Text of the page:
Putting on muscle does not mean you have to look a certain way, but it does mean that you are focusing on strength building exercises which are beneficial for your body. Muscle helps to protect your bone health, helps you to move better and is amazing for life because you can do and move things more easily. Win-win!
Have you been exercising with the goal of increasing muscle but feeling like you are not making progress? Here are 5 reasons you might not be building muscle.
Too much cardio
I am a fan of cardio, so I’m not here to tell you not to do it. It’s beneficial and should be a part of a complete, balanced workout plan. But… too much cardio can work against your muscle building goals.
Running long distances, for example, requires fuel. After a while if you aren’t properly fueled, or not fueling during the long amounts of cardio, your body will tap into energy stores in your body –> your muscles. Instead of building those muscles, it breaks them down to give you the energy you need to carry you through the long distance.
Too much cardio? Try finding a balance between cardio and strength building exercises.
Lifting too light
Only lifting light weight for excessive amounts of repetitions isn’t going to define and shape you the way lifting heavy weights does. Muscles grow by being pushed and broken down. When you lift weights tiny little tears happen in the muscles. It is during the recovery of those tears when you see growth, change and an increase in strength and muscle.
Ladies do not have as much testosterone in their bodies as men do naturally. Testosterone is the muscle builder, so we actually have to work a lot harder to gain muscle than most men. Picking up weights that are a little heavier will have a positive affect on muscle growth.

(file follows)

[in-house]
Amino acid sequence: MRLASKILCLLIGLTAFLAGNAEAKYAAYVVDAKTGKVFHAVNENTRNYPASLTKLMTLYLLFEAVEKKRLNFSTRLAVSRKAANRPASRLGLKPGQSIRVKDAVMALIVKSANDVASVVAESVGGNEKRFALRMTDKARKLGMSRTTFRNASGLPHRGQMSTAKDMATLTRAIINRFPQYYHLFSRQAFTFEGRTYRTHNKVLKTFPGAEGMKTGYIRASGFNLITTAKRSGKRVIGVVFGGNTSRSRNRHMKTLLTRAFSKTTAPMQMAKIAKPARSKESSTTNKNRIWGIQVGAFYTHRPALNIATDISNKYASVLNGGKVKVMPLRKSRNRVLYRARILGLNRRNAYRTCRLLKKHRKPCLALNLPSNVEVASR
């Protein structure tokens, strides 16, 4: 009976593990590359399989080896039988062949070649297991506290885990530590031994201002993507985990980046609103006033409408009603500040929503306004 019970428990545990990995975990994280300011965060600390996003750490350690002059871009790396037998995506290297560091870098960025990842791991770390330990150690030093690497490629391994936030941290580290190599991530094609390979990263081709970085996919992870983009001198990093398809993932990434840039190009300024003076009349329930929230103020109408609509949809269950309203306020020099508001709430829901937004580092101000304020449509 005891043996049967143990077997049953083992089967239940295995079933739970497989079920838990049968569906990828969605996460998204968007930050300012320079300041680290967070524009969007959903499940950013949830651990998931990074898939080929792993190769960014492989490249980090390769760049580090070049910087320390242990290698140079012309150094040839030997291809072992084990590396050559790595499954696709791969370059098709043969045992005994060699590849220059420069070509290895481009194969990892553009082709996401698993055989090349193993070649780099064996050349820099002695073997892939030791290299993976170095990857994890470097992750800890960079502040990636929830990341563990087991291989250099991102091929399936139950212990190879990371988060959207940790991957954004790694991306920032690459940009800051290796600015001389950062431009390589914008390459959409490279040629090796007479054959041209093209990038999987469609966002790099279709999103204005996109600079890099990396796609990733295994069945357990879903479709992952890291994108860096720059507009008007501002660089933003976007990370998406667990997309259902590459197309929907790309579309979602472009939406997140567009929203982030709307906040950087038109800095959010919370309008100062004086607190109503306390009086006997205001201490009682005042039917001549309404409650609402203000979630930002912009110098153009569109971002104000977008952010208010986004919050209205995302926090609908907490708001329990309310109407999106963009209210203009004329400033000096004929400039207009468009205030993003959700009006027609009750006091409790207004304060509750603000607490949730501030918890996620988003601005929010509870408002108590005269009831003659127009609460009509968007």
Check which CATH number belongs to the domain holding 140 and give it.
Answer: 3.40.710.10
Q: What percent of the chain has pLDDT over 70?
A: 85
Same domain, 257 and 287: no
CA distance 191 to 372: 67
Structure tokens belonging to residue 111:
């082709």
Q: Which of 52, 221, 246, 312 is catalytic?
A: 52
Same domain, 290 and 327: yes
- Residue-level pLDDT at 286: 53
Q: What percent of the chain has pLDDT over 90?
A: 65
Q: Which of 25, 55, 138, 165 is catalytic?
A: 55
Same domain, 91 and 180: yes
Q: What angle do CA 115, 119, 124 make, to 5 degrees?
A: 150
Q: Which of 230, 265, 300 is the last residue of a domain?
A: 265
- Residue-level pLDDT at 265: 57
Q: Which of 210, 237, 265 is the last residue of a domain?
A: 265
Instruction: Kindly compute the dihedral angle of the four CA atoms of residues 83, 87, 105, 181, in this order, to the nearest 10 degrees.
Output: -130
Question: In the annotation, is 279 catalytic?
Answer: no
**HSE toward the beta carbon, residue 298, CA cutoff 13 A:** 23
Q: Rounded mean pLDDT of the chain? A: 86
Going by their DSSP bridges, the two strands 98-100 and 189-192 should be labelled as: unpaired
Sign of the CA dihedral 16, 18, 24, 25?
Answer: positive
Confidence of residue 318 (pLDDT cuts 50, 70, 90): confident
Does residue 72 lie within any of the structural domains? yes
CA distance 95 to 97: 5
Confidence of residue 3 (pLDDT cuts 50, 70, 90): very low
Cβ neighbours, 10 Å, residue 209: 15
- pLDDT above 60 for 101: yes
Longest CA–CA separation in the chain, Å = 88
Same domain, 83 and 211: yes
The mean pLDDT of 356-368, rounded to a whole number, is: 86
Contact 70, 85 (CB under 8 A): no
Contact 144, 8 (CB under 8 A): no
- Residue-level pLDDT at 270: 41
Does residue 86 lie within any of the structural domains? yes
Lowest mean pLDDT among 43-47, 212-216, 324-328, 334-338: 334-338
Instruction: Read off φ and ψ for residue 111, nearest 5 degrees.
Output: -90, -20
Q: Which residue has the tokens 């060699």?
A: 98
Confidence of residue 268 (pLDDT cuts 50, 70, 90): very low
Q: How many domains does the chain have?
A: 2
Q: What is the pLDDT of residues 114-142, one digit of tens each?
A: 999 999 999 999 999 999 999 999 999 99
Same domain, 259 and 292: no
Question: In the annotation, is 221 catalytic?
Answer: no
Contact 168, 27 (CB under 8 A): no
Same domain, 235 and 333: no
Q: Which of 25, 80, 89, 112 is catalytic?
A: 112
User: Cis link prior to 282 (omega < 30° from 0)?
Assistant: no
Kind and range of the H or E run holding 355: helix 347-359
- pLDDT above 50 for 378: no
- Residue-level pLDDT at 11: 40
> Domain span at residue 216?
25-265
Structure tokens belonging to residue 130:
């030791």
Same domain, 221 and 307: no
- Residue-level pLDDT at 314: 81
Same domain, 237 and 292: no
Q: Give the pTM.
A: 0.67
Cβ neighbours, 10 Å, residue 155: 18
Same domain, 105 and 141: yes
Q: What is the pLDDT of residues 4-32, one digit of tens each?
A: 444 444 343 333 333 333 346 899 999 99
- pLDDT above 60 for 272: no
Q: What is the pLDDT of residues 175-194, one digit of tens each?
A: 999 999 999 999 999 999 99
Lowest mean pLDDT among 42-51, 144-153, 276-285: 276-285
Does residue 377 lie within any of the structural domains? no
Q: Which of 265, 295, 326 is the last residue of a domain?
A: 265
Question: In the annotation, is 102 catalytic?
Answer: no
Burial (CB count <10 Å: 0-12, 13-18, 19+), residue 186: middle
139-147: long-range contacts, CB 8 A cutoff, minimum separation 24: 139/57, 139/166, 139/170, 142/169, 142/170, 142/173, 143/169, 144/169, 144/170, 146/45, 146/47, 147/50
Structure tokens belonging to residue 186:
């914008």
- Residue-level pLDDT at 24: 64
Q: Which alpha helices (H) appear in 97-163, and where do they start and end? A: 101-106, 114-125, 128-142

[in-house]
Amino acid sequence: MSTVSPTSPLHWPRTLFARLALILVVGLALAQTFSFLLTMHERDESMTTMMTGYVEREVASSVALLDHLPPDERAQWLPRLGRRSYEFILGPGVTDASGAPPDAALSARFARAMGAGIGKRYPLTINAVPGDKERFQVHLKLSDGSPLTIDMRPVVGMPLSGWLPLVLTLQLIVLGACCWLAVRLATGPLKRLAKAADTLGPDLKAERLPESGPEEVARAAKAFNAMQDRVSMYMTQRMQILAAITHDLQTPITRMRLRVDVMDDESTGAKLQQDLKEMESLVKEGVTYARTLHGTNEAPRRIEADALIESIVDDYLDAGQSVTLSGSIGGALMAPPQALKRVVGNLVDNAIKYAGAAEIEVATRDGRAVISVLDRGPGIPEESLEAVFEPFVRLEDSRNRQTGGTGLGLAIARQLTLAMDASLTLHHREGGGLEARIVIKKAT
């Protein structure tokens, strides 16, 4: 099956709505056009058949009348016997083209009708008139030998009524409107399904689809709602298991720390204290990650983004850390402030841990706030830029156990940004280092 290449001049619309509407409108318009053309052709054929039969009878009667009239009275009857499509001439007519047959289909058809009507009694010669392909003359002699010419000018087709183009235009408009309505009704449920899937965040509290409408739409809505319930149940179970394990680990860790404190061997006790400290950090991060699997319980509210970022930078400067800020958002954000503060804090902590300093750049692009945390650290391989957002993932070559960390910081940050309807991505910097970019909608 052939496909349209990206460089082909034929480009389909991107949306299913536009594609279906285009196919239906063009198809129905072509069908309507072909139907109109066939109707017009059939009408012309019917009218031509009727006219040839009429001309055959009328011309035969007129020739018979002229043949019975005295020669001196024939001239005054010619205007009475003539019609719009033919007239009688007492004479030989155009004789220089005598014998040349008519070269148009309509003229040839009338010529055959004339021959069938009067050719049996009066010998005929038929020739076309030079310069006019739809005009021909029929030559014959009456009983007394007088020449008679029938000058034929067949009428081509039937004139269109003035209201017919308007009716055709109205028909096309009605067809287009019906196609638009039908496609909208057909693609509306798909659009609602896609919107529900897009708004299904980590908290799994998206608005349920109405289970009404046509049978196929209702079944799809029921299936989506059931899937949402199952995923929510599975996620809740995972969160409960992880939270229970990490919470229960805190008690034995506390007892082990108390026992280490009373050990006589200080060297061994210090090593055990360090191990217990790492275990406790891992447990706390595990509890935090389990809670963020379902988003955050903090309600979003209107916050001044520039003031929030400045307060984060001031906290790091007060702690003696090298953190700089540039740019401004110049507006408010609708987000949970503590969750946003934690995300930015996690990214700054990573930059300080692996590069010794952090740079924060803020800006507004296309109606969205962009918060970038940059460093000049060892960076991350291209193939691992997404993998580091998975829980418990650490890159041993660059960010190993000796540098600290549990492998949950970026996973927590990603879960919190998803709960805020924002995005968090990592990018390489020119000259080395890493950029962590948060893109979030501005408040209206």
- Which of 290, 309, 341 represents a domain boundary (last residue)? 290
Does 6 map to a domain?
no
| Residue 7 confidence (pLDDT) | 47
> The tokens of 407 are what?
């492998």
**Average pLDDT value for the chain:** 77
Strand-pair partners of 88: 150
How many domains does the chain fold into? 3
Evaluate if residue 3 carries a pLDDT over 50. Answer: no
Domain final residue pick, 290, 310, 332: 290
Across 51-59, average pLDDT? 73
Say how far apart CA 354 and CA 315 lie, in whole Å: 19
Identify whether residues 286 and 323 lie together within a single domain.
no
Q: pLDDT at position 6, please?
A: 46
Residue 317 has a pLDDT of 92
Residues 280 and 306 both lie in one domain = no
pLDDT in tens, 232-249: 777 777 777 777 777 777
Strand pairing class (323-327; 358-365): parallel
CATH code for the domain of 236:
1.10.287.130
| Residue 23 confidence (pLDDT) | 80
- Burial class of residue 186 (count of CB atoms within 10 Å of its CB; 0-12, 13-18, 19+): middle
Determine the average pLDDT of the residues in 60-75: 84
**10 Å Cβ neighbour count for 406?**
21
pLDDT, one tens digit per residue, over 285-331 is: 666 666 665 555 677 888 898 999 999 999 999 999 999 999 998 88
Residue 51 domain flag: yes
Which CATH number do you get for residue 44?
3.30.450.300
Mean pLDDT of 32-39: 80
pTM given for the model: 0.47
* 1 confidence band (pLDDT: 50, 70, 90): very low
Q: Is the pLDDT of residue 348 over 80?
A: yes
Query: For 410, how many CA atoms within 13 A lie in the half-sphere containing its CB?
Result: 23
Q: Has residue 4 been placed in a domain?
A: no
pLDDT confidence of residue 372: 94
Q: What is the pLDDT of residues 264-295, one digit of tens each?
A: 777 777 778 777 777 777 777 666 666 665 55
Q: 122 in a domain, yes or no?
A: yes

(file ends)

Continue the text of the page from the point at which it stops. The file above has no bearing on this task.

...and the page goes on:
Lifting to light? Try increasing the weight by a few pounds and see if you notice a positive challenge.
Skipping needed food
Muscles need food to repair grow. If you deprive your body of food, muscle can’t grow or repair as well. One of my favorite pre-workout snacks are snack balls. They provide you with quick burning carbohydrates, sustaining fats and a little protein to give you energy during your workout.
Skipping needed food? Remember to eat before and after your workout.
Missing out on protein
Along with not skipping a meal, don’t skimp on the protein. This is especially true after a strength training workout. Your muscles need a combo of protein and carbs to help with repair and rebuilding (when they grow and get stronger!). Have a goal of eating within 30-60 minutes of ending a more rigorous workout.
Missing out on protein? Try these protein packed recipes:
Keeping it the same
Variety is key here. If we want to see change, we have to give our body variety. If you’ve been following the same routine for a while now, switch it up. Try to change your workout routine up at least every month.
Keeping it the same? Try switching it up in these ways: different exercises, change the tempo of your movements, change the number of repetitions, change the number of sets or take a whole new class or new workout.